Voice of the People

59

Articles and letters may be edited for the purposes of clarity and space. They are published in good faith with a view to enlightening all the stakeholders. However, the contents of these writings may not necessarily match the views of the newspaper.

Protesting farmers

For a country like Pakistan with an agriculture-based economy, the attitude of every government including PTI was pathetic and criminal in dealing with the farmers. It defies logic, why there should be a shortage of fertilizer in Pakistan, which produces enough to meet its requirement. Other than black marketing, hoarding and smuggling, there is no other explanation.

We all know, the power of fertilizer cartel, owned by powerful quarters, who defy regulatory controls by the state. However, these are extraordinary times, and the State and all its institutions cannot overlook their responsibilities for the collective welfare of citizens. It is the primary responsibility of both Federal and Provincial governments to perform their regulatory functions diligently and honestly. Provision of essential seeds at affordable prices to farmers must be ensured.

I fail to understand that if Pakistan can afford to give endless amnesty schemes to powerful Real Estate Developers Mafia, who are converting fertile green agricultural land to concrete jungles, why it cannot address genuine demands of farmers. Given the severity of Liquidity Crunch, the government needs to wake up and set its priorities. The conflicts of interest of powerful stakeholders today pose a threat to national interests, given the scarcity of essential food items we need.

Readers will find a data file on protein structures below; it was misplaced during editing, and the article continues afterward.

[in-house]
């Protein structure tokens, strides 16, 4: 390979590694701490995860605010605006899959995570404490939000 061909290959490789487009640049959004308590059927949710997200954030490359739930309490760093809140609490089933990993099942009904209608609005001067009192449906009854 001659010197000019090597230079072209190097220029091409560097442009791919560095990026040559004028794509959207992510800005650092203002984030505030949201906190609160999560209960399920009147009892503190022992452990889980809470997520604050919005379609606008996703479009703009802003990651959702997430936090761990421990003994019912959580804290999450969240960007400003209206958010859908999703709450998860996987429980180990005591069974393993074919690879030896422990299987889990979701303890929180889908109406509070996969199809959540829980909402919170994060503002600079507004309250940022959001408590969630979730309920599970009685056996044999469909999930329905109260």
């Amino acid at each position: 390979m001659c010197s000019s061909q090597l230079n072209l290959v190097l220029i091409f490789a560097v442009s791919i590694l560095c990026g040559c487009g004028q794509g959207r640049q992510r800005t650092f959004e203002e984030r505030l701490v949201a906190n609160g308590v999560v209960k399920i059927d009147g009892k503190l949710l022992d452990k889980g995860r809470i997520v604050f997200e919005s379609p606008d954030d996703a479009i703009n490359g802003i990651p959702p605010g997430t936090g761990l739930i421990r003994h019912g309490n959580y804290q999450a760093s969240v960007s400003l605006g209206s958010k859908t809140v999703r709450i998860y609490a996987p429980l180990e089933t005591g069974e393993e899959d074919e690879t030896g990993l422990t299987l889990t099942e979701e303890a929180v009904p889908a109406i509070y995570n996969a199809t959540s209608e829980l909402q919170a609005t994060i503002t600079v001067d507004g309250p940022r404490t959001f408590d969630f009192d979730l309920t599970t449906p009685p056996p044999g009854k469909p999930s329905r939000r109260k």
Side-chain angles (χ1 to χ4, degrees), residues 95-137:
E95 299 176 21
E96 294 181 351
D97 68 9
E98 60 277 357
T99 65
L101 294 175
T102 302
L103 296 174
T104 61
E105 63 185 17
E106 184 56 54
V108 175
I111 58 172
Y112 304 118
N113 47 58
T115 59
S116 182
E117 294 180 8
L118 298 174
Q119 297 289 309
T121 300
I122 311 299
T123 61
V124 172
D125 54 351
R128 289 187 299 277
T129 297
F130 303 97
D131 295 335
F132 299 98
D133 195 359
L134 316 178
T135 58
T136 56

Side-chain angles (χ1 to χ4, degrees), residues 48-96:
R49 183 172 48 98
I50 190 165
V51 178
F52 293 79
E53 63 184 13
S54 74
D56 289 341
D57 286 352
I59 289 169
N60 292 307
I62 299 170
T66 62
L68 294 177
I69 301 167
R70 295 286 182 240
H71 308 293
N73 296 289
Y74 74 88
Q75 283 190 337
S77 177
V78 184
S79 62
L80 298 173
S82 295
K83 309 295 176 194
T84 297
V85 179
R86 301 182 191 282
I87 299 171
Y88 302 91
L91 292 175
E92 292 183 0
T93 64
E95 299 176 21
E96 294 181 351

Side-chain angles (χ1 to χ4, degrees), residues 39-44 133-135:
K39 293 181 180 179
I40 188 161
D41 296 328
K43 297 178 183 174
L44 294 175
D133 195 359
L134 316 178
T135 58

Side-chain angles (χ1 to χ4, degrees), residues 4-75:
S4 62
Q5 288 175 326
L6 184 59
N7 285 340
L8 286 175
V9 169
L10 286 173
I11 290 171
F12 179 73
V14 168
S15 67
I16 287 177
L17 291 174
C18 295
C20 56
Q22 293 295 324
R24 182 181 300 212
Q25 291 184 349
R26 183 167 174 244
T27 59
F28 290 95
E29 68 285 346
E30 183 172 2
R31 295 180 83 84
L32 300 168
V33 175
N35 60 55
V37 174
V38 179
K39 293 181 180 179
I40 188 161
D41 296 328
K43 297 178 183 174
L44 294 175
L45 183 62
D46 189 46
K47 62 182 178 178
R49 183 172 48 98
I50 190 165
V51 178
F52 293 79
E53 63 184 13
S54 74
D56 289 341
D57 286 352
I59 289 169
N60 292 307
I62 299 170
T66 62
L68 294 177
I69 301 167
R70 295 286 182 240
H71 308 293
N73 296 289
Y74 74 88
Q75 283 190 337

Almost one third of our crops have been wiped out by floods, yet fertile green pastures are being bulldozed by land mafia in nexus with governments of the provinces where it is occurring. If Pakistan can give gas and electricity subsidies to sugar, cement and fertilizer cartels, it can give subsidies to farmers to operate their tube wells. Sanity must prevail.

MALIK TARIQ ALI

Lahore

Controlling the USD

 

The roller coaster ride of the US dollar exchange rate against Pak Rupee cannot be stopped unless the real reason for this exchange rate fluctuation is addressed.

In Pakistan after the 40,000 prize bond was discontinued, the 100 US dollar bill became the highest valued paper currency that can be bought and easily sold by locals. It is also a safe investment as the US dollar will increase in value overtime.

Investing in US dollars is also possible with a small amount with no paperwork and easy way to buy or sell dollars. It is because of these reasons local Pakistanis have started investing their savings in US dollars and therefore the exchange rate of US dollar is going up and down on its own.

To overcome this, the Government has to provide alternative investment options to the locals. The alternative options should be most importantly tax free, easy to buy and sell. For example, buying foreign currency in saving accounts in banks.

The government would also need to either stop local hoarding and investing in US dollars by imposing a tax on its local exchange, while allowing tax-free exchange of other currencies. Or start two exchange rates for US currency in Pakistan, one for local investment and one for imports and travelling.